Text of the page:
This process can be used in sensor network type systems to send sensitive data to a trusted server and to verify that the server received the data. In addition, the process can be used as a control. For example, the node device will transmit the private information until it receives this validation token and then stop sending to either save power or use the smallest amount of radio frequency (RF) energy. The process requires limited processing and memory requirements on the device, but still provides strong cryptographic protection for the information for those cases where the amount of random data is too small to be cryptographically significant.
The encryption and validation process described below is based on elliptic curve arithmetic and a public-private key scheme. This guarantees that the information related to the protected function on device that was requested is conveyed to the server and cannot be tampered with by an intermediary. It also provides cryptographically strong challenge-response based verification, while limiting the mathematical functions required to be used by the node.
The method begins with an elliptic curve encryption process, during which a message m containing the information i and random value r is encrypted by a transmitting party. The message is decrypted by a receiving party. Various elliptic curve encryption processes are known to those of ordinary skill in the art. Consistent with an embodiment of the present invention, the receiving party validates the decrypted message m′ and, if validated positively, creates a validation token by scalar multiplication of decrypted message m′ and a point on elliptic curve known only by transmitter and receiver. This shared point (qkP or kqP, for example) exists after the two parties exchange data via the elliptic curve algorithm. It is well known that the response can be constructed by utilizing the plaintext message or random part of it. The present method does not reveal the plaintext message and thus it is useful to protect the information that was sent in the challenge message from being leaked from the system for those cases where the length of the information would not allow for a cryptography significant random value to be used for the response. The receiver communicates the validation token as a response to the transmitter. The transmitter, in turn, validates the response by scalar multiplication of that known point and the message m.
In one embodiment, projective coordinates in the elliptic curve arithmetic are used. The use of projective coordinates for elliptic curve arithmetic is known to those of ordinary skill in the art. This embodiment is well suited for applications in which the transmitter is an embedded device with very limited resources. The use of projective coordinates allows the transmitter to perform finite field addition and multiplication algorithms without a computationally expensive finite field inversion operation. Only the receiver, which generally possesses more computing power, is required to perform a finite field inversion operation.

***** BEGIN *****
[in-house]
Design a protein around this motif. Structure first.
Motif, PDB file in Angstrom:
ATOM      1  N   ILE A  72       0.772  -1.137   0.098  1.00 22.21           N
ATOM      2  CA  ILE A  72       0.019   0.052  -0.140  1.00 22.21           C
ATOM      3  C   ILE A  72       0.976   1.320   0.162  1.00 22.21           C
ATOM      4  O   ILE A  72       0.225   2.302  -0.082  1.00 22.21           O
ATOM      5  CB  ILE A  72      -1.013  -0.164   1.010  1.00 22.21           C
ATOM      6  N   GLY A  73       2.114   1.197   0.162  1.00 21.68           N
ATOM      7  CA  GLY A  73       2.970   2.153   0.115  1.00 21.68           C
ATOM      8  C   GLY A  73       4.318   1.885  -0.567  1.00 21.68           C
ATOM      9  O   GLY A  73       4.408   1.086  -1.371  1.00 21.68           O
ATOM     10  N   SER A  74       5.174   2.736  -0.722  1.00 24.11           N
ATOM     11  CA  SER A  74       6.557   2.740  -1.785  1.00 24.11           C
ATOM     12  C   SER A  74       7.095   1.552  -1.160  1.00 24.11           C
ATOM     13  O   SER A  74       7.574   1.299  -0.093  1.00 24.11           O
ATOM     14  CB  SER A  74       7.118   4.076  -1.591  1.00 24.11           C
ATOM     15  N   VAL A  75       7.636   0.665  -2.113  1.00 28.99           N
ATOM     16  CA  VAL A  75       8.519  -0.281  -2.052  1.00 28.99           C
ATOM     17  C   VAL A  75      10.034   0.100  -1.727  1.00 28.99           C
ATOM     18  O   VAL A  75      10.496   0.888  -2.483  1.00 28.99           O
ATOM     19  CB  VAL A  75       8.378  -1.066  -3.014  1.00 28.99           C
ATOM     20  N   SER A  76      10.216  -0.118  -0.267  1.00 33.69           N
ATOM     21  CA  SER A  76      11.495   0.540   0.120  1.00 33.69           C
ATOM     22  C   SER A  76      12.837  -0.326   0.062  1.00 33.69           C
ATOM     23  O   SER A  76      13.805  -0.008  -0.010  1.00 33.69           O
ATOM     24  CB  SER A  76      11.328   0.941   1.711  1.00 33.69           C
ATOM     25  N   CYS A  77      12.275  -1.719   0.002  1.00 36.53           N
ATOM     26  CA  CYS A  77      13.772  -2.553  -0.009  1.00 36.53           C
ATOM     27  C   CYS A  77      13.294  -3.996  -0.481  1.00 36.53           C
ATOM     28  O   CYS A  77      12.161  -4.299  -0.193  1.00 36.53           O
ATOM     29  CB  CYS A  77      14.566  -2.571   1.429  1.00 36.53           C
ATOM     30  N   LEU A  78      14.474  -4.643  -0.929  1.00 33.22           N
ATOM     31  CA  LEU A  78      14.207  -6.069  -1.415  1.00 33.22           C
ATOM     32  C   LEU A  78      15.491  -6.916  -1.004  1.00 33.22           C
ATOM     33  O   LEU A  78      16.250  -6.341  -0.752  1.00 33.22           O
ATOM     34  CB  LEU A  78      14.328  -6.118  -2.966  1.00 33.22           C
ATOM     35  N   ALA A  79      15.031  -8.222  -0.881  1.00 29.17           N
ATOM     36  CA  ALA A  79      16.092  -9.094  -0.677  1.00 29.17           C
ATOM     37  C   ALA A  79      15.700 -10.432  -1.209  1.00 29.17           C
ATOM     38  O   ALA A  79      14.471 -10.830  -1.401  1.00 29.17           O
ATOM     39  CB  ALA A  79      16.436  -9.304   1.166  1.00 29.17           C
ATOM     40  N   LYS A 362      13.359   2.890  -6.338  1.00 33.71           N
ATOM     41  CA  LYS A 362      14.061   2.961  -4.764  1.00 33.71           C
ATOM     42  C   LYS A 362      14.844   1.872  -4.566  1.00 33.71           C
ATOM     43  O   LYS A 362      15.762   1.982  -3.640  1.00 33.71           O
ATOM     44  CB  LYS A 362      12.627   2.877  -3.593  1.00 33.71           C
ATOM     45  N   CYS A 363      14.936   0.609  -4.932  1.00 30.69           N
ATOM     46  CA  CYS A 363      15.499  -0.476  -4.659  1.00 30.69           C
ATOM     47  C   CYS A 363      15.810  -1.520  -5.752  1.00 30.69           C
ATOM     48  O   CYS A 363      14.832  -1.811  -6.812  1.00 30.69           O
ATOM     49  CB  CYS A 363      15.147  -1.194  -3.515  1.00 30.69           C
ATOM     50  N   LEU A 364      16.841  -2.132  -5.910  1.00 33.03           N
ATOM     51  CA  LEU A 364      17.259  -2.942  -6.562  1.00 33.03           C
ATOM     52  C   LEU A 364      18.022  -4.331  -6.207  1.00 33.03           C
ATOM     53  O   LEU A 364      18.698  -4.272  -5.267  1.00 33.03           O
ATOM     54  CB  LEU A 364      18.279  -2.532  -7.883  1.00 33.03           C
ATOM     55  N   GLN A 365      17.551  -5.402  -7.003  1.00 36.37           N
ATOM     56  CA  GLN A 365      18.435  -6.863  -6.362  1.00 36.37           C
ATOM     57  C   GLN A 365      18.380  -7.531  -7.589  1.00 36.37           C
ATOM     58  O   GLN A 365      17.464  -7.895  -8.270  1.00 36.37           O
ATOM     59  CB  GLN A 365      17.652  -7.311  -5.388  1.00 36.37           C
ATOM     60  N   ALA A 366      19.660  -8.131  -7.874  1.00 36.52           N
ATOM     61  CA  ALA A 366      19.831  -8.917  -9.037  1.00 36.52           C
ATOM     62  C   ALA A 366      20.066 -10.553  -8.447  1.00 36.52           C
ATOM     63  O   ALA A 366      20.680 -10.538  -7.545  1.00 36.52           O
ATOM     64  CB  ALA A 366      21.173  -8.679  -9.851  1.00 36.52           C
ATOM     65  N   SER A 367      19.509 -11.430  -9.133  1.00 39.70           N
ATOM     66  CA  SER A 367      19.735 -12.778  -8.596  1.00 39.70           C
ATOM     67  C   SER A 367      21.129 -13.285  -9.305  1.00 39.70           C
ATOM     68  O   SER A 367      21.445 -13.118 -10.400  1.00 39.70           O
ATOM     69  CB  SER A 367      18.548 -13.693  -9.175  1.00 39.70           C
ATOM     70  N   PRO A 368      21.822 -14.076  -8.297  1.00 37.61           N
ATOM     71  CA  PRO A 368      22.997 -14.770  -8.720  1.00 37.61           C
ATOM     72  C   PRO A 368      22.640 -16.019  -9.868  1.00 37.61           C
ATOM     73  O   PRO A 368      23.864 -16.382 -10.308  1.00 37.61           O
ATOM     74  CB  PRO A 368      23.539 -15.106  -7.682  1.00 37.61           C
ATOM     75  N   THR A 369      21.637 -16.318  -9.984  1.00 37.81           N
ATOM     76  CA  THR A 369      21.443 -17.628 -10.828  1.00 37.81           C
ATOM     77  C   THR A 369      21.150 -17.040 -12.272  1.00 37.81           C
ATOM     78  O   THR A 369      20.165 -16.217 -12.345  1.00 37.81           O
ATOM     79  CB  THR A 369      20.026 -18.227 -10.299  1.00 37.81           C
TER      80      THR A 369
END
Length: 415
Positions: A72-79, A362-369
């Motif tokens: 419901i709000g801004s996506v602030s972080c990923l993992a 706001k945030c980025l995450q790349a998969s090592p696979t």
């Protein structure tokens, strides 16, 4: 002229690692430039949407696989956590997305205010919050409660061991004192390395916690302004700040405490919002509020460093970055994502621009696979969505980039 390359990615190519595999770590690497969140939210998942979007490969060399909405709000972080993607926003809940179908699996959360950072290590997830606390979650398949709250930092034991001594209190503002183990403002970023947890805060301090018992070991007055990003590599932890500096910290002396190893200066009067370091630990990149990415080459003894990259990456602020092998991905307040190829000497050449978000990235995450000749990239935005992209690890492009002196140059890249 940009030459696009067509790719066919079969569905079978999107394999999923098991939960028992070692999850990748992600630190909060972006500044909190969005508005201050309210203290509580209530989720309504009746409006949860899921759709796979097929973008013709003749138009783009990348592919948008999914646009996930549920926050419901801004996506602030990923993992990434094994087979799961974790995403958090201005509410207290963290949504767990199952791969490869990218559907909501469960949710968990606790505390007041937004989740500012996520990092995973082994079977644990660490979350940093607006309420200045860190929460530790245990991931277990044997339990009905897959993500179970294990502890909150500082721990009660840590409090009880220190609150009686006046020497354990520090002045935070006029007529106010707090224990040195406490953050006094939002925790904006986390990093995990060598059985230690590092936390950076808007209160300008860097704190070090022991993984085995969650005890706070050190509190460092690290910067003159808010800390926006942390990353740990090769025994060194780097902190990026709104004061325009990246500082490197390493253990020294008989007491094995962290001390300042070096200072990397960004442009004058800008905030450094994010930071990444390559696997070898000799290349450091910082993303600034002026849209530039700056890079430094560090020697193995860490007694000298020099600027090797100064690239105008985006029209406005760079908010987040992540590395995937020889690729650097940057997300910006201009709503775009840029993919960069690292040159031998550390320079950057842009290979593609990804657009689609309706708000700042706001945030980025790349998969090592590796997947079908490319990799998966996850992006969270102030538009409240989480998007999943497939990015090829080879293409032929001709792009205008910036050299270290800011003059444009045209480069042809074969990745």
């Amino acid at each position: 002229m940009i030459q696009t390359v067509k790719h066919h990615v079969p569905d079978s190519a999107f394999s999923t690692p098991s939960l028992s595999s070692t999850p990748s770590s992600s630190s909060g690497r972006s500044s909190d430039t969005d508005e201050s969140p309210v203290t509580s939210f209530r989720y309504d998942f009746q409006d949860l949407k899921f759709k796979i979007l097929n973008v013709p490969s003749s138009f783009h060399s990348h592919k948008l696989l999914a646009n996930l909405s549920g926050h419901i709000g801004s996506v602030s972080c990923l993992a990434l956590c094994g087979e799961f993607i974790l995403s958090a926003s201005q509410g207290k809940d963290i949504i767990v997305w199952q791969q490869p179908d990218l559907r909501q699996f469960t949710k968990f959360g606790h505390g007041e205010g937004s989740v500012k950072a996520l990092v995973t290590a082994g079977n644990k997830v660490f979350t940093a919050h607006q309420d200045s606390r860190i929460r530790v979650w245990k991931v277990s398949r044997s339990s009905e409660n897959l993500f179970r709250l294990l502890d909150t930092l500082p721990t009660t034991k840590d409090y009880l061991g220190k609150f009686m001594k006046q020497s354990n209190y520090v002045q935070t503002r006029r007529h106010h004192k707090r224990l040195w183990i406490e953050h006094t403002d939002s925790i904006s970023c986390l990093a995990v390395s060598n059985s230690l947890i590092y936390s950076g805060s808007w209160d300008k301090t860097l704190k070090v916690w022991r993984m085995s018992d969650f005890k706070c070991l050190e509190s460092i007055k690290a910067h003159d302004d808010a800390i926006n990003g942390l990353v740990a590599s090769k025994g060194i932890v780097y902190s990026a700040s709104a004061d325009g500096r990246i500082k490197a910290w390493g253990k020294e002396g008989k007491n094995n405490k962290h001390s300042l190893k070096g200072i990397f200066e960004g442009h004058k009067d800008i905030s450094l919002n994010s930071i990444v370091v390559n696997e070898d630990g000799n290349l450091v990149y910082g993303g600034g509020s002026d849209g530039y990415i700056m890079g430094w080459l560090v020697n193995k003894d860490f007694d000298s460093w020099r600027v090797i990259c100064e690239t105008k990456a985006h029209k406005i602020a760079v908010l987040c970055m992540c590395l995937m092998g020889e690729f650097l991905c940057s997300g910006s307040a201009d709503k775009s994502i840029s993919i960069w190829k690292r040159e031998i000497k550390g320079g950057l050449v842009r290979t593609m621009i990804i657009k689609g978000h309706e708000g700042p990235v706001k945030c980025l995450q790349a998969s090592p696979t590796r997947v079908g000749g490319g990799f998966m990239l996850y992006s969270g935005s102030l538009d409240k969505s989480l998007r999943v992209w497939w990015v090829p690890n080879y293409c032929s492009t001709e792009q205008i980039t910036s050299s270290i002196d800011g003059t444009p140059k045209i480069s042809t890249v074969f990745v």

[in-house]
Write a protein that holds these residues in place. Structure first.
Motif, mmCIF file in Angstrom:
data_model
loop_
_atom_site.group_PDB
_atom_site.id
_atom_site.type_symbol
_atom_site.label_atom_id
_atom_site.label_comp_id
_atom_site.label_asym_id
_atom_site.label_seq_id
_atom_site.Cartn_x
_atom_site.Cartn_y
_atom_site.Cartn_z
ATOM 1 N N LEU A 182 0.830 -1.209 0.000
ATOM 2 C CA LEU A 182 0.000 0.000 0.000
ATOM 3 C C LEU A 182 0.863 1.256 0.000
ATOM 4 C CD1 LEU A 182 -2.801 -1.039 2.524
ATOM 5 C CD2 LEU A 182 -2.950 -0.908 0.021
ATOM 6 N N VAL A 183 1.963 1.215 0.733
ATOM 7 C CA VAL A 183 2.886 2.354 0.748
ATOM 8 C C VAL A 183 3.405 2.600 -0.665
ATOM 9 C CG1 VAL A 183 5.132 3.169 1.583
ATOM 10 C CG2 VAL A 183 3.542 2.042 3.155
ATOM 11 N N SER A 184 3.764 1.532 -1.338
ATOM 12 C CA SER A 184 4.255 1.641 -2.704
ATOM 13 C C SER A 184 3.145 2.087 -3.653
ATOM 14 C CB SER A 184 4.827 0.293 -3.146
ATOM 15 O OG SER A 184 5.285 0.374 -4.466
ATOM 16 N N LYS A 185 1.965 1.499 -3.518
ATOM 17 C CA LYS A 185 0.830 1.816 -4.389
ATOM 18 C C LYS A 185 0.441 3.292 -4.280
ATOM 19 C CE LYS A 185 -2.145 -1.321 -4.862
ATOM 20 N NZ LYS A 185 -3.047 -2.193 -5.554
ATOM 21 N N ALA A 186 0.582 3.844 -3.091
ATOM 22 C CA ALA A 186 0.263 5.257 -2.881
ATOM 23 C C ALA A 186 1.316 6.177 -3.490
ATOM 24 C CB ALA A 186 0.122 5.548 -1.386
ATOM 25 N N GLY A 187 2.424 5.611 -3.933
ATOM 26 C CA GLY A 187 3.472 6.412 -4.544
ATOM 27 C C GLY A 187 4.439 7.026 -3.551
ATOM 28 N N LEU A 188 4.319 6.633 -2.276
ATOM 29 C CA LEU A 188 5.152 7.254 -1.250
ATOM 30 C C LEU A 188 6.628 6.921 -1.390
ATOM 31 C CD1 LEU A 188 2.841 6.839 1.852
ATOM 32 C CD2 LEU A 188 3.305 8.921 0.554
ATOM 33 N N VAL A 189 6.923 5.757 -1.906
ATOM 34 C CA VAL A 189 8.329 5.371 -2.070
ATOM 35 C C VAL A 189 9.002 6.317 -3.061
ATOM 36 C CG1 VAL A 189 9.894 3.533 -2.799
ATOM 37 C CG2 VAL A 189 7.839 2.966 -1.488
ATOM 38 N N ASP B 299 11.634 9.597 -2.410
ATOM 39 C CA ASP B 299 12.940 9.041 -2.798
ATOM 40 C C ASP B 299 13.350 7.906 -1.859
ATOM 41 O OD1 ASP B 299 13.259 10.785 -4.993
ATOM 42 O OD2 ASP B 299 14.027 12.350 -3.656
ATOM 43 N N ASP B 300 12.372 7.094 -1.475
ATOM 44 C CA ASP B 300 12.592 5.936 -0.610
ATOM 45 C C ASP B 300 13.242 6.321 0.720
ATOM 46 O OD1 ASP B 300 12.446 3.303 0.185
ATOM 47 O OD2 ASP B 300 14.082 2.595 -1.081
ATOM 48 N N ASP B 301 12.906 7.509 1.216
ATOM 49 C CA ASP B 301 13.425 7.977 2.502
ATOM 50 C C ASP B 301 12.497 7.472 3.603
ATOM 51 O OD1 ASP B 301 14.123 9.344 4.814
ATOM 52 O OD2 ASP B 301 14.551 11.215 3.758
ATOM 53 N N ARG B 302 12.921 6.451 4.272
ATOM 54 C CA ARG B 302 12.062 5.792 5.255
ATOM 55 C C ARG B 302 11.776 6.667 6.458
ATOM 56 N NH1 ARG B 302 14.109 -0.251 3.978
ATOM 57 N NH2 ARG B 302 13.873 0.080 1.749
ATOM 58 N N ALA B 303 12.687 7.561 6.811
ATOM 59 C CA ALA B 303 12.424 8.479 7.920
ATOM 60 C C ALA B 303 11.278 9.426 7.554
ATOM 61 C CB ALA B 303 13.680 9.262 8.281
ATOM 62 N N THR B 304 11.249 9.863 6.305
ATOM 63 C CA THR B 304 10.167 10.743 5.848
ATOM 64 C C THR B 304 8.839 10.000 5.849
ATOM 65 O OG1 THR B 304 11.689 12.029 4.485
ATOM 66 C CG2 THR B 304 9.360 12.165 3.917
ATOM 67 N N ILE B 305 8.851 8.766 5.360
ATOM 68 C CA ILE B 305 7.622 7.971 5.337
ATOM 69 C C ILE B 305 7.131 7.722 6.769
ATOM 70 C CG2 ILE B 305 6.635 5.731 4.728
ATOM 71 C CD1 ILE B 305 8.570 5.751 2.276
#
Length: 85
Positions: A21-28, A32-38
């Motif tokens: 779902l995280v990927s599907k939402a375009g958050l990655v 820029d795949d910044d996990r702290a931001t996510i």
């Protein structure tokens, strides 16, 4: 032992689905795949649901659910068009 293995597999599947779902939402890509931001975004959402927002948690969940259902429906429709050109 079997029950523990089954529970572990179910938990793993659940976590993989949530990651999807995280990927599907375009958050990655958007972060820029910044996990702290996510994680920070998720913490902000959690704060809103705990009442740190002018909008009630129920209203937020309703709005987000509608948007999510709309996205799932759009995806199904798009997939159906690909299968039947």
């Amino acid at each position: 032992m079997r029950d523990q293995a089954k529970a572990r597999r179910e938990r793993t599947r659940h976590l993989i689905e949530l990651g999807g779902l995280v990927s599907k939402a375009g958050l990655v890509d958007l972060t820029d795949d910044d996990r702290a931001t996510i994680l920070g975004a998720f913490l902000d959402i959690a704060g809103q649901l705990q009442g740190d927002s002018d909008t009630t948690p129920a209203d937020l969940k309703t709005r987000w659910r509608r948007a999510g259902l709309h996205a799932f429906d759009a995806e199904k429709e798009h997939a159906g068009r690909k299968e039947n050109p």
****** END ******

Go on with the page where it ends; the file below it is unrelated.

This approach may be used to support security architecture technology that can be applied to processors used for ad hoc and sensor networks and provides a way for private and sensitive information to be sent to a receiver and allows the transmitter to authenticate the receiving of that information without leaking any sensitive information.
The use of a validation token, rather than a digital signature, only requires the resource limited device to be able to perform a small set of major mathematical operations (rather than multiple mathematical operations).
In general the method involves two logically separated entities, one with the public key, and the other with the private key. Party A with a public key has information i that needs to be validated (or processed into a yes/no result). The information i can represent anything—data, function, access, etc. Party B with the private key possesses the power to validate the information i. The method described herein provides a secure method of delegating the processing to a logically separated entity. The trusted entity, party B, owns a private key q, which is a number between 0 and the order of the elliptic curve. The party A, which delegates processing to party B, owns public key {P, Q} that consists of the generator point P on the elliptic curve (defined over the groups E_{p }or E_{2}m, for example) and point Q=qP, which is the scalar multiplication of the generator point P by the private key q.